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Cross Pollination Through Clay: Baltimore Clayworks

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I watch Jeremy Wallace, a wood kiln technician, close off the stoking hole with yellow fire bricks, but I can see the red hot glow of flame through small gaps between them. In this “reduction phase,” wood is loaded into the first chamber roughly every five or ten minutes. Ceramicist and technician Matt Gaddie built the two-chamber wood/soda Noborigama, a Japanese term for a climbing kiln. This ascending tunnel of connected chambers has been used in Japan since the 17th century. Wood firing takes an entire day and night with a group of artists on three to six hour shifts, never leaving the kiln unattended.

Nada Abizaid, a ceramic artist, puts on leather gloves and opens a small steel door to add pieces of recycled pallet wood. This process is repeated until the second chamber is fueled with wood and the temperature of 2400°F is reached. In wood firing, the ash inside the chamber becomes an essential element as it allows for surprising and unexpected patterning in the glazing.

Soda ash added to the second chamber affects the sheen, texture, and glaze of pieces which all contribute to the final outcome and variety of the finishes in works by Abizaid and a group of other ceramicists. “I enjoy the community aspect of firings as well as discovering each piece’s uniqueness when unloading the kiln,” says Abizaid. “The imprints of elemental properties inherent to ceramics fired in a wood kiln often yield mesmerizing finishes; it almost adds a fourth dimension to the artworks.”

Wood-firing is by nature a communal activity.
Nada Abizaid

Wood firing is one of the biggest community events at Baltimore Clayworks and it is attended by ceramic artists from Maryland, Virginia, and Pennsylvania. Connection, collaboration, and cooperation are crucial for this process; as artists toil together in loading the kiln, stoking the fire, and checking the temperature of the pieces. Meanwhile, they share food, drink and conversation—occasionally cooking out or grilling by the roaring kiln.

“Wood-firing is by nature a communal activity,” says Abizaid. “Participants work as a team with Jeremy; whether wadding artworks, loading the kiln and sealing it, taking shifts in smaller groups stoking the kiln overnight, and finally, meeting again a few days later once the kiln has cooled down to unload and restore shelves to a usable condition for future firings.”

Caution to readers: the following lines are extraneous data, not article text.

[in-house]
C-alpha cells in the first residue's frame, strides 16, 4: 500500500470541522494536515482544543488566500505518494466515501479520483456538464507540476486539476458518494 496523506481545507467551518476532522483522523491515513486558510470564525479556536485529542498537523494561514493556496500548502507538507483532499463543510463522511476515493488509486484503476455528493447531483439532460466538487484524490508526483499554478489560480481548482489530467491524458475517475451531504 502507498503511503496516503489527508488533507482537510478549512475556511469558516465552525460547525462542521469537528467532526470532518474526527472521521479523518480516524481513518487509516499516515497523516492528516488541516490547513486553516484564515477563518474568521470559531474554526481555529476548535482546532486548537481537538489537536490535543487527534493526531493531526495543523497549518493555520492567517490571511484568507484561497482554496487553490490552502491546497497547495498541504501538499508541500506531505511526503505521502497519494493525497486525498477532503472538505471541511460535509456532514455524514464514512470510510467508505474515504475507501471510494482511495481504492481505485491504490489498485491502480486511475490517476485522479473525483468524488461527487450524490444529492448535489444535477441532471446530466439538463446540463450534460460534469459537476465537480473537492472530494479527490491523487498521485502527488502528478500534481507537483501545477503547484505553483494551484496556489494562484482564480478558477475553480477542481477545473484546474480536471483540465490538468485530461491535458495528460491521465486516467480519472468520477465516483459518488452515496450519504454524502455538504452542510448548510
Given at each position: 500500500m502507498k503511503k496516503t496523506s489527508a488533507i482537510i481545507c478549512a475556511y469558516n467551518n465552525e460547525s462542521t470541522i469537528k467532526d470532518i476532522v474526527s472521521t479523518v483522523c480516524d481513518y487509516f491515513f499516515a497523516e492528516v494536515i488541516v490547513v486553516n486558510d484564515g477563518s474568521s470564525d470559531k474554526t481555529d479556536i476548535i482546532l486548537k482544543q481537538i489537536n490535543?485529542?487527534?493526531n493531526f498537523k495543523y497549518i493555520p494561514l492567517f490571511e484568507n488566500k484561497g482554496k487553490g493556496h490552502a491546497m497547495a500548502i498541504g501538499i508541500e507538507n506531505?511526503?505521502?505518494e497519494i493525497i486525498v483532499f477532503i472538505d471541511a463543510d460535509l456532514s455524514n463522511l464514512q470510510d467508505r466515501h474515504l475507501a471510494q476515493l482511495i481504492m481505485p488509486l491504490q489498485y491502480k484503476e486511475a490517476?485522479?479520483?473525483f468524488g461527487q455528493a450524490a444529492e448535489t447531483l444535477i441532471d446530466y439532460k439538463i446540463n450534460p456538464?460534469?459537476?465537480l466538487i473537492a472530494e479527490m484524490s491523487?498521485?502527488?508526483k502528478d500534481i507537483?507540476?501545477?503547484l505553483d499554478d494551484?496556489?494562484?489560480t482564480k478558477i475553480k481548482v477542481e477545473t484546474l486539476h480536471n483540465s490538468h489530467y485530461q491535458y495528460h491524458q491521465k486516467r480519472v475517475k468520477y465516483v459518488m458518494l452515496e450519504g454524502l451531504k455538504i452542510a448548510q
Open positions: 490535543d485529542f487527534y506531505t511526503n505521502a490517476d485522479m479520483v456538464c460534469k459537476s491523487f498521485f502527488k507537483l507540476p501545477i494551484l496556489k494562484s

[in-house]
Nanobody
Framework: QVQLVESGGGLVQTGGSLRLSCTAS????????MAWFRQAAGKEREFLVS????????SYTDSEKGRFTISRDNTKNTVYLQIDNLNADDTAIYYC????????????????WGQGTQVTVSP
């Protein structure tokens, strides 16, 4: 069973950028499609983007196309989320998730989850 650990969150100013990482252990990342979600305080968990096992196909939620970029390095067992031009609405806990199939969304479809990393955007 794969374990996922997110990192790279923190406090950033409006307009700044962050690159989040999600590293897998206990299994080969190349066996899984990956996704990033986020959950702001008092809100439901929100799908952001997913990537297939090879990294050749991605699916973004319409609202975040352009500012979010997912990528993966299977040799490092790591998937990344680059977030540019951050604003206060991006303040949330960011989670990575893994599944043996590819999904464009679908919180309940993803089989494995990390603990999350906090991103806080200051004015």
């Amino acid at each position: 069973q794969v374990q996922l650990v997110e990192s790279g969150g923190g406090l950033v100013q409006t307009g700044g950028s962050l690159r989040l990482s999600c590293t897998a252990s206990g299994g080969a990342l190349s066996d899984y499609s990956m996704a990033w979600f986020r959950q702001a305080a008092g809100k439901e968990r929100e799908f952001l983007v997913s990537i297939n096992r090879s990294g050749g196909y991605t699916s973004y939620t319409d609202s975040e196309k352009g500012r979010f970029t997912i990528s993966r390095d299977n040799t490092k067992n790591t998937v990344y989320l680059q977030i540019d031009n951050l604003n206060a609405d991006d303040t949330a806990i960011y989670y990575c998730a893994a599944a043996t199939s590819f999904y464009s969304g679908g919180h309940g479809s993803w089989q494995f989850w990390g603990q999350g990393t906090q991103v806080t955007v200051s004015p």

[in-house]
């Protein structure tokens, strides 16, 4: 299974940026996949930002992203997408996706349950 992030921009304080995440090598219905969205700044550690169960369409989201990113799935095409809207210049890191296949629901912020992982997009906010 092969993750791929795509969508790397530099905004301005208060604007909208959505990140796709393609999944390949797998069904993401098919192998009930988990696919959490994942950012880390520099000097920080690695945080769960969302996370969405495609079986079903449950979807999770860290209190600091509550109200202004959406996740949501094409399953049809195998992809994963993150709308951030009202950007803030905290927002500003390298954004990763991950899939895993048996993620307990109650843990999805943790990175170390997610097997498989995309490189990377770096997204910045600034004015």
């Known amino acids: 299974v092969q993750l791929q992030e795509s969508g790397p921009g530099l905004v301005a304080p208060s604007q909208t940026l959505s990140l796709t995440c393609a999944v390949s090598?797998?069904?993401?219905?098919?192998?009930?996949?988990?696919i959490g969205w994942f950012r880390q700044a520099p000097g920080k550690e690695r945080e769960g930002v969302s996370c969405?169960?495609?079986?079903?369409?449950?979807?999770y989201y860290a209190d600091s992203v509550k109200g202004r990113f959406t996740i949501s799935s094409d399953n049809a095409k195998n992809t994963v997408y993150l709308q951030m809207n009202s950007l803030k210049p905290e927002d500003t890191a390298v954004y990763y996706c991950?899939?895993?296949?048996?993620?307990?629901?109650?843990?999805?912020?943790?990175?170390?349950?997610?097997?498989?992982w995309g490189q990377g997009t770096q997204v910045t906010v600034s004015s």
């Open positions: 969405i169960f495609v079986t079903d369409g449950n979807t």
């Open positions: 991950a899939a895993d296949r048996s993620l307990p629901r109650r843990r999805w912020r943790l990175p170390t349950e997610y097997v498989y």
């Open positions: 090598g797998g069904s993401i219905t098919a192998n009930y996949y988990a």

Clay is intrinsically community oriented as a material that is deeply connected to the earth, molded by hands, and transformed through fire. As students and mentors work side by side to create unique works of art, they affect not only one another’s practice, but also each other. Clayworks facilitates opportunities to craft and collect.

Within its walls, the labels of teacher and student are fluid and interchanging. In addition to their unique wood firing kiln, the ceramics studio at Clayworks is also a larger community where cross-pollination occurs—a perfect mix between gallery and maker space where artists, teachers, and students create both together and in close proximity to each other, leading to fruitful conversations and new discoveries. 

Clayworks also champions and aids emerging ceramic artists through their fellowships and residency programs which aim to foster the best and brightest—locally, nationally, and internationally. This summer there were five artists-in-residence: Kiran Joan, Patrick Bell, Shea Kister, Clarissa Pezone, and Vanna Ramirez. While Joan was the EMBARC Fellow, the latter four are longer term residents, and all of them take part in teaching classes, with inspiration flowing both ways.

I caught up with Joan over the phone in early September, just after her fellowship ended. Joan is a graduate of the MICA MFA Illustration program and her work is characterized by bold, vase-like forms and warm colors, with fluid illustrations on these functional and sculptural objects. “Clay is a separate headspace from working digitally,” she says. “Especially thinking about how to push and pull a 2D image on a 3D surface.” Like her, I also feel that working with clay brings me closer to earth. There is a certain tactility that comes with clay that is soothing and gratifying. BCW resident Patrick Bell also relishes the infinite possibilities of this natural material that transforms from something extremely malleable in the artist’s hands to a rigid form. 

Having space, time, and access to equipment is essential for ceramicists to create their work. Meanwhile, the proximity of other artists helped Joan envision her place within the fine art and ceramic world. It lent itself to conversations and collaborations, such as a collection of mugs that Joan created with Bell, the Lormina Salter Fellow, a fellowship that is awarded to an emerging artist with benefits including studio space, solo exhibition and material stipend. Their collaborative black and white vessels combine Joan’s illustrative style with Bell’s figurative finger components appearing as handles and asymmetrical protrusions. Joan was Bell’s student before becoming a Fellow, demonstrative of the fluid path of artists who pass through or stay at the organization.